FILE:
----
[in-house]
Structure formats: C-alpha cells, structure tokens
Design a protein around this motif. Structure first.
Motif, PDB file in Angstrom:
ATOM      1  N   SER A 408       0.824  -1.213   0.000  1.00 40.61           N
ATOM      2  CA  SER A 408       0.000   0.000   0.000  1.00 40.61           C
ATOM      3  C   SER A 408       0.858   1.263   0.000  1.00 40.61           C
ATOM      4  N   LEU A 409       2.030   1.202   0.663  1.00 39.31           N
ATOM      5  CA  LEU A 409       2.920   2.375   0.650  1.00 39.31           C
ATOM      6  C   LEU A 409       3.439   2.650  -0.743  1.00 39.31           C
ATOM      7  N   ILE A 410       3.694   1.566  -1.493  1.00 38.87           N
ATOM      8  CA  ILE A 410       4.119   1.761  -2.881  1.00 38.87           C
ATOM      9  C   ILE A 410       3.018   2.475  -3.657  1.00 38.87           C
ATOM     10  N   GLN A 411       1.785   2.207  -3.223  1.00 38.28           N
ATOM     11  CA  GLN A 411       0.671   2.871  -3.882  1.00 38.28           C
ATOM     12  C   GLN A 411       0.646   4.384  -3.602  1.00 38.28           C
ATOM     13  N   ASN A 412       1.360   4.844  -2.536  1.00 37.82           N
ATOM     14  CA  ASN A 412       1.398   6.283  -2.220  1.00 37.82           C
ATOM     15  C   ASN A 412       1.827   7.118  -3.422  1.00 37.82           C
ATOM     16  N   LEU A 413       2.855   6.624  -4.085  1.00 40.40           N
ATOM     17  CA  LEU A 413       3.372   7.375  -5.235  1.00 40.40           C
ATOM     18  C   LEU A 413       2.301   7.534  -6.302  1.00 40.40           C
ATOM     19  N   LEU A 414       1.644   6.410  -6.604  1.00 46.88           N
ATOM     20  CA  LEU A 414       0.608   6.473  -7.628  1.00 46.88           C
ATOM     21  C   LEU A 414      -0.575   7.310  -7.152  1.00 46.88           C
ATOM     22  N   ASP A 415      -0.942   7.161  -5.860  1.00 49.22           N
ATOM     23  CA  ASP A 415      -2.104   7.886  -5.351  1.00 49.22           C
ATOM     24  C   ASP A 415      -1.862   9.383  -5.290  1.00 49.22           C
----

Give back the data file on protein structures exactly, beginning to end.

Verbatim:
[in-house]
Structure formats: C-alpha cells, structure tokens
Design a protein around this motif. Structure first.
Motif, PDB file in Angstrom:
ATOM      1  N   SER A 408       0.824  -1.213   0.000  1.00 40.61           N
ATOM      2  CA  SER A 408       0.000   0.000   0.000  1.00 40.61           C
ATOM      3  C   SER A 408       0.858   1.263   0.000  1.00 40.61           C
ATOM      4  N   LEU A 409       2.030   1.202   0.663  1.00 39.31           N
ATOM      5  CA  LEU A 409       2.920   2.375   0.650  1.00 39.31           C
ATOM      6  C   LEU A 409       3.439   2.650  -0.743  1.00 39.31           C
ATOM      7  N   ILE A 410       3.694   1.566  -1.493  1.00 38.87           N
ATOM      8  CA  ILE A 410       4.119   1.761  -2.881  1.00 38.87           C
ATOM      9  C   ILE A 410       3.018   2.475  -3.657  1.00 38.87           C
ATOM     10  N   GLN A 411       1.785   2.207  -3.223  1.00 38.28           N
ATOM     11  CA  GLN A 411       0.671   2.871  -3.882  1.00 38.28           C
ATOM     12  C   GLN A 411       0.646   4.384  -3.602  1.00 38.28           C
ATOM     13  N   ASN A 412       1.360   4.844  -2.536  1.00 37.82           N
ATOM     14  CA  ASN A 412       1.398   6.283  -2.220  1.00 37.82           C
ATOM     15  C   ASN A 412       1.827   7.118  -3.422  1.00 37.82           C
ATOM     16  N   LEU A 413       2.855   6.624  -4.085  1.00 40.40           N
ATOM     17  CA  LEU A 413       3.372   7.375  -5.235  1.00 40.40           C
ATOM     18  C   LEU A 413       2.301   7.534  -6.302  1.00 40.40           C
ATOM     19  N   LEU A 414       1.644   6.410  -6.604  1.00 46.88           N
ATOM     20  CA  LEU A 414       0.608   6.473  -7.628  1.00 46.88           C
ATOM     21  C   LEU A 414      -0.575   7.310  -7.152  1.00 46.88           C
ATOM     22  N   ASP A 415      -0.942   7.161  -5.860  1.00 49.22           N
ATOM     23  CA  ASP A 415      -2.104   7.886  -5.351  1.00 49.22           C
ATOM     24  C   ASP A 415      -1.862   9.383  -5.290  1.00 49.22           C